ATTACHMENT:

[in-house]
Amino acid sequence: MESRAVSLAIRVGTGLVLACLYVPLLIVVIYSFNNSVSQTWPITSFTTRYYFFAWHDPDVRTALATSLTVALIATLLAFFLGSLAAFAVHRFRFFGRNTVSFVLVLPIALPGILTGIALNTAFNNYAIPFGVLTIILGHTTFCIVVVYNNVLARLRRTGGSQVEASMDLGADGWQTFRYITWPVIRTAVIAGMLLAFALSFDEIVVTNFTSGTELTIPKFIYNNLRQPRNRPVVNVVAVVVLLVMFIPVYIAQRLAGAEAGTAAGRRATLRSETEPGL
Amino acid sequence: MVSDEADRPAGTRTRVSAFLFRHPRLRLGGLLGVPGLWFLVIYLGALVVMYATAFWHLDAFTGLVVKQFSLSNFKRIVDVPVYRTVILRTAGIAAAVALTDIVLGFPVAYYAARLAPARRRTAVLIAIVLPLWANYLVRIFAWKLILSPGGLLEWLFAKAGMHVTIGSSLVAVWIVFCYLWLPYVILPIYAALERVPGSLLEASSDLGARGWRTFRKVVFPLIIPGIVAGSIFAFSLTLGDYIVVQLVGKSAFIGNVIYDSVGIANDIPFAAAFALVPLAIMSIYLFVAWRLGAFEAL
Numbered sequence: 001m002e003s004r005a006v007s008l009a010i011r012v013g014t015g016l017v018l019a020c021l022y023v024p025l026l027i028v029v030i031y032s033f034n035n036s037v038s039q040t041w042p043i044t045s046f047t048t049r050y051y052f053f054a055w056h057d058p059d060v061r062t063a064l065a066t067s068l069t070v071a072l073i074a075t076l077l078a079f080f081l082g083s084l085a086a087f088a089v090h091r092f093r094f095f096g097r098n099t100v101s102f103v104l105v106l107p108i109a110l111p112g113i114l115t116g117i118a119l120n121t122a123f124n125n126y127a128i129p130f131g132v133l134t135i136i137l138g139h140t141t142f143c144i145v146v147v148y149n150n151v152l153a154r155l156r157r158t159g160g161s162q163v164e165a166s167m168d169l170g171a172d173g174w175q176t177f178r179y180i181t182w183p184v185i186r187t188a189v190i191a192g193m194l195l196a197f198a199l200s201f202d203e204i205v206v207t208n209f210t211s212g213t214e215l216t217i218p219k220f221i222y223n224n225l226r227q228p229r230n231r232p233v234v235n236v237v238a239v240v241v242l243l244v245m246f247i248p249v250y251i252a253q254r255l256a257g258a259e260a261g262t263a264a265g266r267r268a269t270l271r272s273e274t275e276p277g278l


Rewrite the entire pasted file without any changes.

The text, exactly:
[in-house]
Amino acid sequence: MESRAVSLAIRVGTGLVLACLYVPLLIVVIYSFNNSVSQTWPITSFTTRYYFFAWHDPDVRTALATSLTVALIATLLAFFLGSLAAFAVHRFRFFGRNTVSFVLVLPIALPGILTGIALNTAFNNYAIPFGVLTIILGHTTFCIVVVYNNVLARLRRTGGSQVEASMDLGADGWQTFRYITWPVIRTAVIAGMLLAFALSFDEIVVTNFTSGTELTIPKFIYNNLRQPRNRPVVNVVAVVVLLVMFIPVYIAQRLAGAEAGTAAGRRATLRSETEPGL
Amino acid sequence: MVSDEADRPAGTRTRVSAFLFRHPRLRLGGLLGVPGLWFLVIYLGALVVMYATAFWHLDAFTGLVVKQFSLSNFKRIVDVPVYRTVILRTAGIAAAVALTDIVLGFPVAYYAARLAPARRRTAVLIAIVLPLWANYLVRIFAWKLILSPGGLLEWLFAKAGMHVTIGSSLVAVWIVFCYLWLPYVILPIYAALERVPGSLLEASSDLGARGWRTFRKVVFPLIIPGIVAGSIFAFSLTLGDYIVVQLVGKSAFIGNVIYDSVGIANDIPFAAAFALVPLAIMSIYLFVAWRLGAFEAL
Numbered sequence: 001m002e003s004r005a006v007s008l009a010i011r012v013g014t015g016l017v018l019a020c021l022y023v024p025l026l027i028v029v030i031y032s033f034n035n036s037v038s039q040t041w042p043i044t045s046f047t048t049r050y051y052f053f054a055w056h057d058p059d060v061r062t063a064l065a066t067s068l069t070v071a072l073i074a075t076l077l078a079f080f081l082g083s084l085a086a087f088a089v090h091r092f093r094f095f096g097r098n099t100v101s102f103v104l105v106l107p108i109a110l111p112g113i114l115t116g117i118a119l120n121t122a123f124n125n126y127a128i129p130f131g132v133l134t135i136i137l138g139h140t141t142f143c144i145v146v147v148y149n150n151v152l153a154r155l156r157r158t159g160g161s162q163v164e165a166s167m168d169l170g171a172d173g174w175q176t177f178r179y180i181t182w183p184v185i186r187t188a189v190i191a192g193m194l195l196a197f198a199l200s201f202d203e204i205v206v207t208n209f210t211s212g213t214e215l216t217i218p219k220f221i222y223n224n225l226r227q228p229r230n231r232p233v234v235n236v237v238a239v240v241v242l243l244v245m246f247i248p249v250y251i252a253q254r255l256a257g258a259e260a261g262t263a264a265g266r267r268a269t270l271r272s273e274t275e276p277g278l